Some sad news from the organizers of the big “Ex-Gay Pride” event that had been scheduled for July 31st: The organizer announced Friday that a dinner and reception at the Family Research Council has been cancelled due to unspecified “anti-ex-gay extremism.” Voice of the Voiceless, the “ex-gay” group behind the nonevent, will instead hold the dinner at “an undisclosed location” sometime in September, and will also “declare September as the First Annual Ex-Gay Awareness Month.” (July remains “Ex-Gay Pride Month,” we guess.) We completely believe Voice of the Voiceless co-chair Christopher Doyle when he claims that the event was cancelled due to “security threats” and not due to something more mundane, like no one buying tickets. And surely they wouldn’t cancel merely because they couldn’t actually deliver the big-name gay-haters they’d invited, like Michele Bachmann and Jim DeMint. Nahh, had to be the big mean gays and their big mean terrorisms!
In a press release, Doyle claimed that a campaign of “harassment and anti-ex-gay extremism” had forced the group to cancel both its dinner/reception on July 31, but also the same day’s plans for a “Lobbying Day on Capitol Hill.” That must have been some threat, to actually cancel whatever lobbying effort Doyle was planning. We hear the Capitol has some pretty good security, too. Who knows, maybe Doyle has a fatal glitter allergy? Or he heard that someone might bring tampons?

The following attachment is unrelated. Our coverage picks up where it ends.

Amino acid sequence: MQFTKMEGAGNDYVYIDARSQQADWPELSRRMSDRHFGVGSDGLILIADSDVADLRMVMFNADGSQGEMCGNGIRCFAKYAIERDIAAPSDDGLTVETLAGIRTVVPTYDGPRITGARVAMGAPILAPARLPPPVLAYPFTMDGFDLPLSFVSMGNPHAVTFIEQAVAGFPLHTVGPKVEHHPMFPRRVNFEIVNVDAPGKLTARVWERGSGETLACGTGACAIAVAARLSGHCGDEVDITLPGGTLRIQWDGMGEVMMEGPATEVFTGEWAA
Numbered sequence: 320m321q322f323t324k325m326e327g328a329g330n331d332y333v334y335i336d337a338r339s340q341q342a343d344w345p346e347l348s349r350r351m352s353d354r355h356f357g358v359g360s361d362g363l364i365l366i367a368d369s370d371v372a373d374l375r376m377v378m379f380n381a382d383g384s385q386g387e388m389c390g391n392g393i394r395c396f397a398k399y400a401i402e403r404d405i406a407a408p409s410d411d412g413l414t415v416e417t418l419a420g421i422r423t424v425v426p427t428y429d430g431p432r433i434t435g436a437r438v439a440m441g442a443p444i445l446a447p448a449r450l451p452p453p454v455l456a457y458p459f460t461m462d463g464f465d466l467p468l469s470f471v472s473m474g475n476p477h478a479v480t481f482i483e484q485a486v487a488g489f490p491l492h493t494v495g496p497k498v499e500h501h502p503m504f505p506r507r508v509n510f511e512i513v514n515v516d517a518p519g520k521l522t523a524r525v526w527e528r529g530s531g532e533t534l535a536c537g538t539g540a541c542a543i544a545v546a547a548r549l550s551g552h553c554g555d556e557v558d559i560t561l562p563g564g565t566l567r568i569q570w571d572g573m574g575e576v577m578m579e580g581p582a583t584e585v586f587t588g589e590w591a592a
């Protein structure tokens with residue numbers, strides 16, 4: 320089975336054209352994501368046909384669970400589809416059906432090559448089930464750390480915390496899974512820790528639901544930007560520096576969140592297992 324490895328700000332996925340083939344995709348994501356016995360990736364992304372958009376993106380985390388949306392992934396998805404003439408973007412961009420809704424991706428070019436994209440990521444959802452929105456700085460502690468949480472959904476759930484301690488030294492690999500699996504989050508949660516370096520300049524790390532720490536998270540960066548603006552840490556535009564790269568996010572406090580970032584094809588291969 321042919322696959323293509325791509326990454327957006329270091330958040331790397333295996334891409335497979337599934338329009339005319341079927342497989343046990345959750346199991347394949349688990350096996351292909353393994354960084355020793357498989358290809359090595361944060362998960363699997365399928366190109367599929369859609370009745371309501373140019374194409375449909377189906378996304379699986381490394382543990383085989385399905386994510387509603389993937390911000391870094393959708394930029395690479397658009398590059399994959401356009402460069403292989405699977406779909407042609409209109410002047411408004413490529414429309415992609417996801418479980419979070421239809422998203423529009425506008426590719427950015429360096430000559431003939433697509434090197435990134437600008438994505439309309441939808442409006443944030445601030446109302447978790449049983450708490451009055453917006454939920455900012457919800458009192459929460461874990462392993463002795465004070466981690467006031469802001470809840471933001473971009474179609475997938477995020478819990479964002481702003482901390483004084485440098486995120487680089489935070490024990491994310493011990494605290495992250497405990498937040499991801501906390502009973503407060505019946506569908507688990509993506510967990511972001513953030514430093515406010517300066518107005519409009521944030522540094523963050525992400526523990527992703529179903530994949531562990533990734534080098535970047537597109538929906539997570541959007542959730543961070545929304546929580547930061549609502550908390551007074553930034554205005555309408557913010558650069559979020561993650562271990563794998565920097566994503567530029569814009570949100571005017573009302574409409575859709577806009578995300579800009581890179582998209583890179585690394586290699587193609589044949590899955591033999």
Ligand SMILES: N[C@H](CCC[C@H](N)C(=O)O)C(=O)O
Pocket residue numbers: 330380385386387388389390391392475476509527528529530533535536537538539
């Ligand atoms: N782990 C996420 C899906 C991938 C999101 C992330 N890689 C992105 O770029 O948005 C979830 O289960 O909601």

Wayne Besen of Truth Wins Out, a group that opposes the “ex gay” crowd, challenged Doyle to “come forward and release the names of LGBT activists and organizations that have allegedly jeopardized his organization’s security.” Otherwise, it’s probably safe to assume that the event is being downsized due to any number of possible organizational problems, not threats from the Big Bad Gays.
As we noted when we first covered the ex-gay pride event, Voice of the Voiceless had announced that it had “scheduled” several national figures including Bachmann, Demint, and Rep. Tim Huelskamp, but the only speakers listed as “confirmed” on its own invitation were marginal figures like Doyle himself and a couple of other minor “ex-gay” activists. We’re guessing that the “ex-gay movement’s” biggest problem lies not with invisible gay ninjas, but rather that most of that “movement” is toward the exits.